The Real Impact Of Mobile On Marketing: More Visual Content


As of February of this year, there were 2.4 billion people online — a little over one third of the world’s population. That’s a lot of people to keep interested. And while companies are looking for new ways to create agile content (infographics, tweets, videos, etc.) and curate the most relevant content from their partners, employees and customers, there is still a huge gap in the demand versus the supply.

Meanwhile, as I discussed in my mobile marketing predictions post back in January, the meteoric growth of mobile devices and technology continues to change the way we live on a daily basis. What struck me recently, however, is the fact that the real impact of the proliferation of mobile devices might just be their ability to create massive amounts of good, shareable content.

In fact, it will be worth paying attention to the impact that mobile content creation has on the traditionally held 90-9-1 principle — the thesis that 90% of Internet users “lurk” or read content, 9 % comment or contribute to conversations and 1% are the real content creators.

Key Statistics On Mobile Content Growth

Below are some key statistics that speak to the growth of mobile-generated content:

  • Mobile  makes up more than 25% of YouTube’s global watch time, more than one billion views a day. While YouTube doesn’t cite what percentage of videos are uploaded via mobile, I’d have to think it’s in that same neighborhood.
  • The newly launched 6-second video service, Vine, already has 13 million users, and numerous brands — even B2B companies like Mitsubishi Electric — are using the platform.
  • Due in large part to the success of Vine (and to some degree, Qik and Viddy), picture-sharing site Instagram recently announced that members can now upload 15-second videos via its service.
  • And, speaking of Instagram, it now boasts 130 million monthly active users with 16 billion photos shared with over 45M photos uploaded per day.

What is most astonishing about the creation of all this content is the quality of some of it. As an example, you might be surprised to find out that the video below was shot and edited entirely by my 11-year-old son on his mobile phone, using a free iPhone app called Backwards Cam. While it’s not necessarily “brand-worthy,” it’s engaging and entertaining — and with a little polish, it could be ready for prime time.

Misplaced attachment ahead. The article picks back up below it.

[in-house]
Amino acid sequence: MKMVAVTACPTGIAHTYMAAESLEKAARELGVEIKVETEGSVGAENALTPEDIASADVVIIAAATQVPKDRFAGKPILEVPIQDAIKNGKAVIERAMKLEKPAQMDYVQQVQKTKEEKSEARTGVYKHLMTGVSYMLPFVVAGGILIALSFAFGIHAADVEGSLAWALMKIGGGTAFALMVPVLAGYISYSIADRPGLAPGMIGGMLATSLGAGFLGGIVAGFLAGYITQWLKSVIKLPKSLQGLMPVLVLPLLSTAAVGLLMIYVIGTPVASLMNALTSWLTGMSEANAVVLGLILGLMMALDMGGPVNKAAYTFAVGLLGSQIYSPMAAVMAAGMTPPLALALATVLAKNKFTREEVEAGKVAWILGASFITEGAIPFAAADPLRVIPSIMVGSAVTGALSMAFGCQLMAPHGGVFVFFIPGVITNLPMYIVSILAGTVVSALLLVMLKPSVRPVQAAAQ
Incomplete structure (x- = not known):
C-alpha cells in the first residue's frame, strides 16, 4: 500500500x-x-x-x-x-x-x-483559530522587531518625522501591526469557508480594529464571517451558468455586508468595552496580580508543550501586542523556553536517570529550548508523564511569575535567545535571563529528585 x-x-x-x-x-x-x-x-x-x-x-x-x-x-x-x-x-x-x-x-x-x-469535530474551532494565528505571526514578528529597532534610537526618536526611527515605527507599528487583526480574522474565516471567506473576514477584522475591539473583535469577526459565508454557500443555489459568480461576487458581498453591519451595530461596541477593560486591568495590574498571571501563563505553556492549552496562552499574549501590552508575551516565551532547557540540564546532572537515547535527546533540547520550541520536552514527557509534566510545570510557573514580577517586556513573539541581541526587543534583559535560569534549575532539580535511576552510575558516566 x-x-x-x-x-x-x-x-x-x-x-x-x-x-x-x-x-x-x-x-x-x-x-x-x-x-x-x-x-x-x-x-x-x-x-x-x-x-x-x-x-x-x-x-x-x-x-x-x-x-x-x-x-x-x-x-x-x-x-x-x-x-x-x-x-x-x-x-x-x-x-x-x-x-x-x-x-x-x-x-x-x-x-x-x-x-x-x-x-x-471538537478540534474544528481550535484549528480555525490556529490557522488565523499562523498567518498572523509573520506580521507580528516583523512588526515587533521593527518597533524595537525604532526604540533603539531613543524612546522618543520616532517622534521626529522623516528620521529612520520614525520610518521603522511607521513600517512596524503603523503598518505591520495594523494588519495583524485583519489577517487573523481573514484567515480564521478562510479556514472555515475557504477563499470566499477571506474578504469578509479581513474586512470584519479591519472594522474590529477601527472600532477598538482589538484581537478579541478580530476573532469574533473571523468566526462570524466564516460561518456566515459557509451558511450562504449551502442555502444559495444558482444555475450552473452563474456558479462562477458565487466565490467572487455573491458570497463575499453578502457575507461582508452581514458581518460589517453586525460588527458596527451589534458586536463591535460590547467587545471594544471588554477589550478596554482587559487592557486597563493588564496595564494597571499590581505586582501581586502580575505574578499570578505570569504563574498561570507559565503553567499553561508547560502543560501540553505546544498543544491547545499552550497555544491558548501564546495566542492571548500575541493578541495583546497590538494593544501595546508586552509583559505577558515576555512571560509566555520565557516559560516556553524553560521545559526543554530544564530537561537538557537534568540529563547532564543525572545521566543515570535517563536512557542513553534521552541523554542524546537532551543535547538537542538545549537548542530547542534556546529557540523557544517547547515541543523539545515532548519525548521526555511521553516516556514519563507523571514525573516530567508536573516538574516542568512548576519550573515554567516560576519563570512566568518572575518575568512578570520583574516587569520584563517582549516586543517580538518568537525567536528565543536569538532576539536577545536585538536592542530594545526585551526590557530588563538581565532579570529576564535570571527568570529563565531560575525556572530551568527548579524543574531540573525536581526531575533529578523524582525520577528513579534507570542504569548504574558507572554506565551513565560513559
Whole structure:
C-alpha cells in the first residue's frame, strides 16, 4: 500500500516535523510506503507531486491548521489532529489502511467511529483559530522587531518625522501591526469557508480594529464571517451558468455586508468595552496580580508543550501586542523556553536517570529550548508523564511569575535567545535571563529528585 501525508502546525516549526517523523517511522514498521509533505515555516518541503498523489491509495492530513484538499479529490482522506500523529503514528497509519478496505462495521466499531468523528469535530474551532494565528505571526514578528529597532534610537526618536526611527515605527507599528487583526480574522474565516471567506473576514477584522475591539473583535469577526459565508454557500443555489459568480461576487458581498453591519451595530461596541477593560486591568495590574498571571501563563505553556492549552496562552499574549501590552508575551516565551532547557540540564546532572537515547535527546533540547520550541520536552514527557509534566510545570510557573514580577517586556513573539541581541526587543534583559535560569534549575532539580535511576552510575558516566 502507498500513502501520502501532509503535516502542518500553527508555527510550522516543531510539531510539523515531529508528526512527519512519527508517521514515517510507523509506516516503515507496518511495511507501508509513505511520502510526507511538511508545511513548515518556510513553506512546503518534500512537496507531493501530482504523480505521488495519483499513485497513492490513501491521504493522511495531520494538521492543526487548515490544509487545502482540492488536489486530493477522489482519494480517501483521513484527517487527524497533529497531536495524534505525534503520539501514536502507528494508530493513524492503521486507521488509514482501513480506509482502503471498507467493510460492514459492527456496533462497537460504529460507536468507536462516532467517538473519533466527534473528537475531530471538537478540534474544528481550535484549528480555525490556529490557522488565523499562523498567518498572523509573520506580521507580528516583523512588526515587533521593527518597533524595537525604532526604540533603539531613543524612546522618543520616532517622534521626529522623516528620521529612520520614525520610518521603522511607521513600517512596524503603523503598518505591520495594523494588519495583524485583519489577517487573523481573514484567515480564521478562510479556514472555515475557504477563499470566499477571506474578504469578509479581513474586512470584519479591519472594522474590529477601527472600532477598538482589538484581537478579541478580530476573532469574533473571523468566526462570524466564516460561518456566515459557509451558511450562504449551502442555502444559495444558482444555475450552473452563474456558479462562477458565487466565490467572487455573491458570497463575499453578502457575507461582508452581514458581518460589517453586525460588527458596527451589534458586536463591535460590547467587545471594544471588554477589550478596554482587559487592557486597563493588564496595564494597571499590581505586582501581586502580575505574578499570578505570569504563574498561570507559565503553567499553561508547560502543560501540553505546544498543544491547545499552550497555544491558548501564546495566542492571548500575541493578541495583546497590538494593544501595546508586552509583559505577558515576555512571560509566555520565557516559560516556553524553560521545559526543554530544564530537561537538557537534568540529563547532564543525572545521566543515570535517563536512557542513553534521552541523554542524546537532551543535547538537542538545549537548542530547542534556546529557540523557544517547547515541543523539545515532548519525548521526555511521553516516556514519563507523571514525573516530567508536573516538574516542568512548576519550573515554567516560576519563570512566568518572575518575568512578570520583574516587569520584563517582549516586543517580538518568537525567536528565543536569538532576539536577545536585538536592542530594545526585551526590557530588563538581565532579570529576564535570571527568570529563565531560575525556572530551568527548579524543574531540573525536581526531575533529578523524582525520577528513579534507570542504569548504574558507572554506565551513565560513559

Factors Accelerating Mobile Content Creation

There are a few driving forces behind this new phenomenon.

First, there are more mobile devices than people on this earth. These phones and tablets are getting cheaper and faster, and many now have cameras that take higher quality photos and videos than some earlier digital cameras.

The second factor is the proliferation of free or near-free video editing applications like DipTic, Backwards Cam and even the native editing functionality of social networking apps like Facebook and Path.

Lastly, mobile and social networking adoption is starting at earlier ages; our children are growing up with tools that many of us adults never dreamed of when we were teenagers.

What we are seeing now is only the tip of the iceberg. Over the next 10 years, mobile devices will only get smarter and faster. More importantly, as GenY-ers move into the workforce, they will bring their savvy content creation skills with them. This shift will have a profound impact on companies’ abilities to create compelling and engaging content.

But What Can Be Done Now?

If the prospect of waiting another 5-10 years before we have a enough talent in the workforce seems untenable, there are a number of things that can be done in the here and now to tap into this mobile content revolution:

  • While many social media practitioners advocate against turning your brand’s social channels over to an intern, it may be time to give some of your younger employees a challenge to create a few specific pieces of content using only their mobile phone. But don’t just leave it at that. Make them train you or other people in your marketing department so that you can scale this practice.
  • Jump in and play around with some of the tools mentioned in this post. You can test different styles and techniques by uploading to your personal social media accounts.
  • Look for people that are creating the best Vines, YouTube videos or taking the best pictures and hire them (or ask your agency to hire them). If that’s too much of a leap, pay them to train you and your staff or agency.
  • Most important of all, don’t be afraid to test new types of content across your owned and shared channels. You can also work with your influencers to co-create content with them or get your new content in their hands to share with their networks.

Have a great pic, vine or other piece of visual content? Tweet it at me so I can take a look! @aaronstrout.

Opinions expressed in this article are those of the guest author and not necessarily Marketing Land. Staff authors are listed here.

About The Author

Aaron Strout is Chief Marketing Officer at integrated marketing and communications firm, W2O Group. During his tenure with the company, he has served as President of WCG and head of W2O’s technology practice. Aaron has 20 plus years of social media, mobile, online marketing and advertising experience, with a strong background in integrated marketing. Prior to joining W2O, Aaron spent time as the CMO of Powered Inc. (now part of Dachis Group), VP of social media at online community provider, Mzinga, and as director of digital marketing at Fidelity Investments. Aaron is the co-author of Location Based Marketing for Dummies (Wiley) and writes a monthly mobile/location-based marketing column on He also recently launched the What 2 Know podcast (iTunes) which features industry leaders talking about innovation and best practices.



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